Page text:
Review by MRadford

Reviewed: 07/13/07

Watered down console RTS's can still be fun. Annoying, but fun.

Command & Conquer 3 Tiberium Wars - Xbox 360 version

Historically Real Time Strategy (RTS) games have been PC based, there have been a few exceptions in the past but for the most part console gamers are left out of this genre. The reason for this is because unlike First Person Shooters, racers, puzzle games and just about every other genre available on a console, a keyboard and mouse is required to play. So when EA decided to port their next long awaited instalment of the famous Command & Conquer series to the 360, with its sparse array of buttons and lack of mouse a few eyebrows were raised, mostly concerning the implementation of some of the more complicated aspects of the game.

Advance! No wait... RETREAT!
Command & Conquer 3 is divided up into three different factions, all of which have a playable campaign mode. These three teams have a large selection of unique and interesting structures and units to build ranging from small and grouped infantry to vehicles and aircraft, but even more interesting is the way in which each faction are suited to unique tactics.

The GDI who the player will take control of for the start of the game rely on heavy firepower, all of their units are more expensive then the counterparts from other factions, but they deal out a lot more firepower and soak up a lot of damage.

The Brotherhood of Nod on the other hand favour the exact opposite, their vehicles often come equipped with cloaking devices and other, more devious methods of getting about. If a Nod unit gets into a battle with one from the GDI expect a quick loss, this forces Nod players to think before they try and attack.

The Scrin on the other hand are a very slow moving, expensive but very dangerous juggernaut, building up their forces slowly and using a lot of resources and eventually out classing both others in shear firepower.

While the campaign mode provides fun in its own right, the games factions really start to shine when you head to the online mode. Instead of like in the campaign, the enemies don't come with ready-built bases, so you'll have to use a number of tactics suited to who you are playing as in order to make progress.

The games online mode is reasonably good, aside from the odd crash the game plays smoothly for the most part featuring several gametypes such as basic verses, king of the hill, capture the flag and siege (where players must build up an army before a barrier is lifted and combat can begin.) The single player modes features Skirmish which is essentially multiplayer verses with AI and the campaign.

Offence is the Best Defence, mostly
As mentioned above, the campaign is split up into three, two of which contain twenty six missions and the other five ranging from escort to defence and attack. The levels rarely get boring although most of the time, strategy can be thrown out of the window by hanging back in your base, building a big army of your strongest unit and then marching to victory. The difficulty can be a bit varied with a horrendously difficult mission being followed by one that can be done first time in a few minutes. To make life a bit easier though you have the option to save whenever and what ever your doing and come back later (this also helps to act as a checkpoint before a bit battle if you don't feel like starting again.) The only problem is Command & Conquer takes the longest time to save in my history of gaming. For a game that has little more then moving units it is both disappointing and startling that there is such a wait, even when there is few units and structures on the battlefield.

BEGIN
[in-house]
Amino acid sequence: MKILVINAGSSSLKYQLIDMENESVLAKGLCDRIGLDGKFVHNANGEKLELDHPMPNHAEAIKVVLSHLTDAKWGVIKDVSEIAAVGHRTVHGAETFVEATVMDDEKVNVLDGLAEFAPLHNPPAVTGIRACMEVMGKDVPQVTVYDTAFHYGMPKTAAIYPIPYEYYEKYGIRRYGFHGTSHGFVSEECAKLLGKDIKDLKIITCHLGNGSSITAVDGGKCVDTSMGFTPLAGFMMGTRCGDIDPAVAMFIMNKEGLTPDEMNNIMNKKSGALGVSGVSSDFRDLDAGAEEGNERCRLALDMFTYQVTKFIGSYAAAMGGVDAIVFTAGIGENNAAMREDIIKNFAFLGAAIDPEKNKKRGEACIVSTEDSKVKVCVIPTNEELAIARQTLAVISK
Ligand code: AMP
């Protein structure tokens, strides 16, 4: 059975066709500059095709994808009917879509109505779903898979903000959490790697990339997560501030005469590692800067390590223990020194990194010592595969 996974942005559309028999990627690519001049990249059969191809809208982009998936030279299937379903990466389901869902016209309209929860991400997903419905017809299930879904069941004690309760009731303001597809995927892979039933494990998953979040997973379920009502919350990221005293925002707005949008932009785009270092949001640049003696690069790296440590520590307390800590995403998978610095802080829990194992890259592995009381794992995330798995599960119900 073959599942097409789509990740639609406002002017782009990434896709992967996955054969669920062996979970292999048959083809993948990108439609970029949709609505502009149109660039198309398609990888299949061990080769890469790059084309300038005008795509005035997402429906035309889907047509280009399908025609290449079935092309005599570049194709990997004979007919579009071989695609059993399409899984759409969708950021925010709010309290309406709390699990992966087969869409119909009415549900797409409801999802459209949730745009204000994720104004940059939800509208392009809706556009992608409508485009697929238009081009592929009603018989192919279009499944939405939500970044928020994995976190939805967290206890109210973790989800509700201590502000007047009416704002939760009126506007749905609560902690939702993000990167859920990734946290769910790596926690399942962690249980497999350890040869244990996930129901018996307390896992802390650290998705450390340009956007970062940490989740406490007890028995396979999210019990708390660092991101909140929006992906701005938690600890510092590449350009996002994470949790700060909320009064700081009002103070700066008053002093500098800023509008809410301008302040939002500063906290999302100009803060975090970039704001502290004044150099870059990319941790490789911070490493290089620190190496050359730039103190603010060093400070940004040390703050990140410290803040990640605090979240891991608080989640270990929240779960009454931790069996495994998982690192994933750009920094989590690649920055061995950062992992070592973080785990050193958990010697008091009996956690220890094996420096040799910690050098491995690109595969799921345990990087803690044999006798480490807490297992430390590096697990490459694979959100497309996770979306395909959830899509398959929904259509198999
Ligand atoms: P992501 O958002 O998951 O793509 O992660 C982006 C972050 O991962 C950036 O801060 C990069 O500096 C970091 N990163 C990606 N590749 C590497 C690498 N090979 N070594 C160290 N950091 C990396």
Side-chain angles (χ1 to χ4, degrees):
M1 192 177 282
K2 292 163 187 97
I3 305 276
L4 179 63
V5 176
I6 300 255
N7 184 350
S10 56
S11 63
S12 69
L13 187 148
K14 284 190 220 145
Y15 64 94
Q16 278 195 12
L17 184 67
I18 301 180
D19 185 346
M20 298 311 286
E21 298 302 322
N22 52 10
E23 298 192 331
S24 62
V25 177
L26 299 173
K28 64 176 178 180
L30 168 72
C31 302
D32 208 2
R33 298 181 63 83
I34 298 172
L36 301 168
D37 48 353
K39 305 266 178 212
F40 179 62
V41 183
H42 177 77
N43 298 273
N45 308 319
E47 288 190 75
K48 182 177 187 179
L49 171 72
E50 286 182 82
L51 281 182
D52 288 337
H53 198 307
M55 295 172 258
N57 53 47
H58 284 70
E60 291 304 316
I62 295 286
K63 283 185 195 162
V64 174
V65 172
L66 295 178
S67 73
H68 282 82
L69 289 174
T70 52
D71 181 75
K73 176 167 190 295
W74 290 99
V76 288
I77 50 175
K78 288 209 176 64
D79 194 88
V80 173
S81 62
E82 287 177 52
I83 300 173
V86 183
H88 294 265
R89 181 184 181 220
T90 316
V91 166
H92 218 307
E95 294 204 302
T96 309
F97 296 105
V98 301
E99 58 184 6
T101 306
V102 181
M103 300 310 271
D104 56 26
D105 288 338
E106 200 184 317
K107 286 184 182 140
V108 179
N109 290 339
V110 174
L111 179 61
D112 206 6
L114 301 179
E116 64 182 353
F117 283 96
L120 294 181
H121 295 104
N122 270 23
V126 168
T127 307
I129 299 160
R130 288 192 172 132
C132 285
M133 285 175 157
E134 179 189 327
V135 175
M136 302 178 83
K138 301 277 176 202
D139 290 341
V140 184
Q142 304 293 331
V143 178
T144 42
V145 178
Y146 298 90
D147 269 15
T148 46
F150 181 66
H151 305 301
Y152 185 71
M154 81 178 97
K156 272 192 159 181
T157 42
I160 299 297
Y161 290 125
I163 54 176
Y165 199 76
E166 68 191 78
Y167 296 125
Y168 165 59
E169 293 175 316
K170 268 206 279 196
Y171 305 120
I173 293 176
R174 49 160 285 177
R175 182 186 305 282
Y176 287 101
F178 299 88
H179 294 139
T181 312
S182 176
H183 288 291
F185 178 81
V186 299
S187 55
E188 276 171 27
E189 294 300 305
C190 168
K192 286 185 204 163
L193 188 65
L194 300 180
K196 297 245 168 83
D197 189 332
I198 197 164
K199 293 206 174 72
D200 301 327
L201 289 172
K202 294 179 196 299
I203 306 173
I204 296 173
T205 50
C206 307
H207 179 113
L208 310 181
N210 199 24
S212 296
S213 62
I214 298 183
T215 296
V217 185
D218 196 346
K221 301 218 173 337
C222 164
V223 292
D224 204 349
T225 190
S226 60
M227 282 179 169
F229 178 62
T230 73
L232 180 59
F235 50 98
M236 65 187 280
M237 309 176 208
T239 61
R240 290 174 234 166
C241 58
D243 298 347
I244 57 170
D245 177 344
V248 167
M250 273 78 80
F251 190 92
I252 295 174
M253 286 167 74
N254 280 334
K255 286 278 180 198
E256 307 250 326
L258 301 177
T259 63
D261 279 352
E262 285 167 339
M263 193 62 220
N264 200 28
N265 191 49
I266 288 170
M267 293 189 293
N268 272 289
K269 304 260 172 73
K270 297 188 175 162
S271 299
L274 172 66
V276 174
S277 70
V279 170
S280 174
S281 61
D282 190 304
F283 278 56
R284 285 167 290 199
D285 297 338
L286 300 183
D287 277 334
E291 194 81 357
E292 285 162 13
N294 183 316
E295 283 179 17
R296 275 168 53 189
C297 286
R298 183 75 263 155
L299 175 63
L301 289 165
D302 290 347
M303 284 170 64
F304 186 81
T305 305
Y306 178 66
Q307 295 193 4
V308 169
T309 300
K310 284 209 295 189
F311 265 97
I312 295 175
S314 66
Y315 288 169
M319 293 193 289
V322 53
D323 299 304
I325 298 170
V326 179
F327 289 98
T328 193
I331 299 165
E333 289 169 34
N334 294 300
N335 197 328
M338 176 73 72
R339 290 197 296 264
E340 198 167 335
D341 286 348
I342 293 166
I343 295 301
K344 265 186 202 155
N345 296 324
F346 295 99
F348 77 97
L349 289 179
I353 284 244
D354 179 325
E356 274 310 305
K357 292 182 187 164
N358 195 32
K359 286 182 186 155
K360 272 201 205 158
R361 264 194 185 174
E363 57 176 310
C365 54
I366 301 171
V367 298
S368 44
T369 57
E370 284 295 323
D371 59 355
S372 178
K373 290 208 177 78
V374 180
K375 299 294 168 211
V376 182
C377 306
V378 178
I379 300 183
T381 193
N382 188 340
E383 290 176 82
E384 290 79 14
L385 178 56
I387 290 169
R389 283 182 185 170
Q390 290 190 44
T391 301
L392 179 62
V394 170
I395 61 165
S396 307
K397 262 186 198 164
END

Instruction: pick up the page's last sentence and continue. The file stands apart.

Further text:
The game's storyline is presented through live-action cut scenes with Joseph D. Kucan reprising his famous-in-the-genre role as Kane and some other faces you might recognise as Billy Dee Williams (yes Lando from Star Wars), Josh Holloway, Tricia Helfer and Michael Ironside. Also, if you're an American you may recognise a few faces from the news amongst the cut scenes.

Most of these scenes are filmed on blue screen and while often look interesting and realistic, also at times seem flat and out of place. Although the acting of the main characters is well acted, the performances of the 'news' cast can be annoying.

I'll just plan my strategy... oh wait, I can't!
And now for the bad news, although C&C3 has it's share of good points, there is a vast amount of difference between the PC version and the 360 version, and in this case, unfortunately 'difference' means 'missing'. Not only is there a distinct graphical void between the two versions, the Xbox game is missing in several features such as the planning mode which takes away a huge amount of strategy and most of the non-plot related movies. EA also introduced a unit cap to the 360 version stopping production of new units at 50 (which the manual or tutorial at the start makes no mention of often leaving player confused.) Although there are some ways the limit can be avoided when two or more players build up to the unit cap the framerate drops rapidly, quickly turning the game into and unplayable 1-2 FPS slideshow.

When a new map pack was released for the game it was critically (and very obviously) bugged but was not fixed for several weeks. EA released a video demo showing the new maps for the 360 which was clearly played on the PC version (apparently showing that EA had full knowledge of the map bug but released it anyway causing hundreds of gamers to lose their money.)

Overall, if would seem that EA released the game on the 360 for no other reason then to boost profits, the game is a shadow of it's PC self and EA make no qualms about which version gets highest priority.

Graphics -- 7/10
Sound -- 8/10
Replayability -- 7/10
Online -- 6/10
Stability -- 5/10
Overall -- 7/10

Rating:   3.5 - Good

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